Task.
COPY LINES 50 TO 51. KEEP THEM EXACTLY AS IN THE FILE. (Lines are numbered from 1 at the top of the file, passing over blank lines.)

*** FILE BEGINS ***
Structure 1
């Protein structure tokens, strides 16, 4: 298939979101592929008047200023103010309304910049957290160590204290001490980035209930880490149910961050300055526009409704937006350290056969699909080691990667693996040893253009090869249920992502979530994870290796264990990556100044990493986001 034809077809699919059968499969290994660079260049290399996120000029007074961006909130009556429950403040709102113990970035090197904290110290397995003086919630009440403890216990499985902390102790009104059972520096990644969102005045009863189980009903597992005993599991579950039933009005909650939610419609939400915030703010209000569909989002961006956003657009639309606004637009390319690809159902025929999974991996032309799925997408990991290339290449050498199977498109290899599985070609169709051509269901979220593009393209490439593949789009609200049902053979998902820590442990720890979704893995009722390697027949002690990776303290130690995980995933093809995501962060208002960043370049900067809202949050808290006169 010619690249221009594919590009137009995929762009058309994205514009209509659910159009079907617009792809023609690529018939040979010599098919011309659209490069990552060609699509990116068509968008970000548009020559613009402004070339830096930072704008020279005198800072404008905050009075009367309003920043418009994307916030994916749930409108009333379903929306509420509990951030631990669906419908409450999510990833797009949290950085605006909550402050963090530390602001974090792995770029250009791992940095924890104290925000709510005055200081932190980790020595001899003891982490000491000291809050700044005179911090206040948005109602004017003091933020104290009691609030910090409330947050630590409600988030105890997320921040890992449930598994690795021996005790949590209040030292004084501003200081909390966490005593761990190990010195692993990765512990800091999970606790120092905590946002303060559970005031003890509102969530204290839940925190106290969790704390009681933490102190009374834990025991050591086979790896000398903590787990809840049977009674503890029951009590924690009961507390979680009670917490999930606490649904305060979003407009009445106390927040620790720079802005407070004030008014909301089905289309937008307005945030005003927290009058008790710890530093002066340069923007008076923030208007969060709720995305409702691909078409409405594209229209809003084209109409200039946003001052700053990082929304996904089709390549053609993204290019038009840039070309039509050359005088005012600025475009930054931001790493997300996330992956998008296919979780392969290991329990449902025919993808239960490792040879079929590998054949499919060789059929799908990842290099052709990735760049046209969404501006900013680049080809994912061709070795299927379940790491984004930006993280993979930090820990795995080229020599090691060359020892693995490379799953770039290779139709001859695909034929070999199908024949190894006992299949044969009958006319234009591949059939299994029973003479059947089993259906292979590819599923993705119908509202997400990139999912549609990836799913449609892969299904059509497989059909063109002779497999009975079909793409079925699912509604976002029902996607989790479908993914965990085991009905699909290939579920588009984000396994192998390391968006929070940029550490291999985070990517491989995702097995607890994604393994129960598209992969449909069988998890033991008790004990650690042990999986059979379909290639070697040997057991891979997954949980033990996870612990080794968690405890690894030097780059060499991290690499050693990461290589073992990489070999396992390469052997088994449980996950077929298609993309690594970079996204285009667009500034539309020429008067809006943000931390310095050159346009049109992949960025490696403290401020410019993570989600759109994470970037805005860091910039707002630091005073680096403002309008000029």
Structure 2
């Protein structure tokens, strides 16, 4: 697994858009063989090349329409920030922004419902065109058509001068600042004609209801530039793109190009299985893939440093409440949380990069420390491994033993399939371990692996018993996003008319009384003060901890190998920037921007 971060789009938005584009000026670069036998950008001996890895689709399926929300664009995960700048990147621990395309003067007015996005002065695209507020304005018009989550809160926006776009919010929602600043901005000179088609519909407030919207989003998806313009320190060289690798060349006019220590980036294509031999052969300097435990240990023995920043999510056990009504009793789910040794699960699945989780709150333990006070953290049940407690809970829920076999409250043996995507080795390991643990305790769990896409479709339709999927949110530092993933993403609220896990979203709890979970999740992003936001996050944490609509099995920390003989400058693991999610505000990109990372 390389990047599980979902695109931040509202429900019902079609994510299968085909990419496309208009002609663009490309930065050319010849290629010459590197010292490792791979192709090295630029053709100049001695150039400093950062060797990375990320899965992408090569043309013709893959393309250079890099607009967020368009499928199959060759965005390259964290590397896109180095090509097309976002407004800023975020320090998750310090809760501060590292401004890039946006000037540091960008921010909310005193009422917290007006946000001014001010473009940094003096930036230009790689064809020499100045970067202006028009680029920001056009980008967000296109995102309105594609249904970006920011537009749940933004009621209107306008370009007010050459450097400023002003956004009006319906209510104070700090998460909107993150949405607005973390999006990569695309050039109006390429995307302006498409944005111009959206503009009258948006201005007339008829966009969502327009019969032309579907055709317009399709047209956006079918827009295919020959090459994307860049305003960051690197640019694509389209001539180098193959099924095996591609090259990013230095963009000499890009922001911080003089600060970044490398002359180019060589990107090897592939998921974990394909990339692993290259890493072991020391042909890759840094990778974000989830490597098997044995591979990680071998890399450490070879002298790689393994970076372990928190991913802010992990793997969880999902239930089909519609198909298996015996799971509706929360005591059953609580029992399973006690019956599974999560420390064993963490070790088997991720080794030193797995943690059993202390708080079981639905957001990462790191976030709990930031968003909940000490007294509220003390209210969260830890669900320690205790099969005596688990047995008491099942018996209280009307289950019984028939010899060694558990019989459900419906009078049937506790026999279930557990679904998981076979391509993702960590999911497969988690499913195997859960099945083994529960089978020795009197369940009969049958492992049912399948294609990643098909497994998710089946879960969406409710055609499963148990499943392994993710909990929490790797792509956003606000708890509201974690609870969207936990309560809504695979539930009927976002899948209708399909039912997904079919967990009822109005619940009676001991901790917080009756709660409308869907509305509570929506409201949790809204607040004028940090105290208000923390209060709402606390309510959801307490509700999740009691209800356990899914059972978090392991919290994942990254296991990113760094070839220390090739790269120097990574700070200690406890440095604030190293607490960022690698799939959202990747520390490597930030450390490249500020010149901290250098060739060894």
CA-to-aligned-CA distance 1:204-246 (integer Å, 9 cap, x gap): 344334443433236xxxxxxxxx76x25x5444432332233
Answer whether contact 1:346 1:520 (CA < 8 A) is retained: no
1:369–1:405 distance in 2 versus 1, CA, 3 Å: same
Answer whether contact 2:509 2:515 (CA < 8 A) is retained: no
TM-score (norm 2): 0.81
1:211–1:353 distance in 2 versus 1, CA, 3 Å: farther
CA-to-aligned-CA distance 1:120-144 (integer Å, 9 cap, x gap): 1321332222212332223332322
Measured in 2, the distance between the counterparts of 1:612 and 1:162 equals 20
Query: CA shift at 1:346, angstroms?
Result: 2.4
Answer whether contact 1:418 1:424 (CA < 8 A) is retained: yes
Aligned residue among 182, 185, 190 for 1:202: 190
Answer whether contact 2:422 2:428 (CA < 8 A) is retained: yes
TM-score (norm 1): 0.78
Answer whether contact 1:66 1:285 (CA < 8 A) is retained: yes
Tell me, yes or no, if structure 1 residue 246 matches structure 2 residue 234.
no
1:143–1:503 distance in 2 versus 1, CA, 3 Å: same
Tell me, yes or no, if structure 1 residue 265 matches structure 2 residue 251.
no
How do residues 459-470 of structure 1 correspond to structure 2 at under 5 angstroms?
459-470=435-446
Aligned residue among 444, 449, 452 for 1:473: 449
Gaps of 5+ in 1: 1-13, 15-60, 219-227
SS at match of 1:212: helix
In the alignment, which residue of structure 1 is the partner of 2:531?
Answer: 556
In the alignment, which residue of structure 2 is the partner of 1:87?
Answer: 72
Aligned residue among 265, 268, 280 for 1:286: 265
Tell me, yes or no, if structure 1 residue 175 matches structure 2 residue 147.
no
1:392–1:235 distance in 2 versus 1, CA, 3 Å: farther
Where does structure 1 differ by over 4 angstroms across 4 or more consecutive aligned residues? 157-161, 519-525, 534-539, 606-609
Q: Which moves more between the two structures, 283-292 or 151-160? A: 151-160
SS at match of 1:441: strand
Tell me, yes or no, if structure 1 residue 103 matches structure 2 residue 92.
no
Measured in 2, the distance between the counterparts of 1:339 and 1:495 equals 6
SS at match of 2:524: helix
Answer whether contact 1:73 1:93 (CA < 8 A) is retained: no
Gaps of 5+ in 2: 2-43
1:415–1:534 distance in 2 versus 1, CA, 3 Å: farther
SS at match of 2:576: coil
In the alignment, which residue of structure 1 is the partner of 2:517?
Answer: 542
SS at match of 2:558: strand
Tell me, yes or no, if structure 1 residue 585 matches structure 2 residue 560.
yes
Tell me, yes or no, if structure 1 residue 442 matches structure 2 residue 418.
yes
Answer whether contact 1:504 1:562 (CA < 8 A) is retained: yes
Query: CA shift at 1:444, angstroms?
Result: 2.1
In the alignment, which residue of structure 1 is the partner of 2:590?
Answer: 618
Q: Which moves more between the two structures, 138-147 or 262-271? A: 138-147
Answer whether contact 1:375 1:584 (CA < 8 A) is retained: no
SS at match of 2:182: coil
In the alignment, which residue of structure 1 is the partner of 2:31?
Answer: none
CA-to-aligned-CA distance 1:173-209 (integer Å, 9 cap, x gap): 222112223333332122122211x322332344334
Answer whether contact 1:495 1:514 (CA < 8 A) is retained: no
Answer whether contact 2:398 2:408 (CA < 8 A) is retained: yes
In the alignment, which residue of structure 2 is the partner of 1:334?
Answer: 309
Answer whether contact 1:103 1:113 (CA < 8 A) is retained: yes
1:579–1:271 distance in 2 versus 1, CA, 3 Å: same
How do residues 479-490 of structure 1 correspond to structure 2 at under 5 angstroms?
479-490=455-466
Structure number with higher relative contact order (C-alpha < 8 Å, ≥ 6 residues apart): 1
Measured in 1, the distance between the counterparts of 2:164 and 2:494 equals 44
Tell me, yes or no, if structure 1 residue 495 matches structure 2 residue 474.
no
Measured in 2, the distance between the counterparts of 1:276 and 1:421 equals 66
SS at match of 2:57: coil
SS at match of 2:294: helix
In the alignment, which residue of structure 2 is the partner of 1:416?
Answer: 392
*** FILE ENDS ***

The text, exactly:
Answer: 542
SS at match of 2:558: strand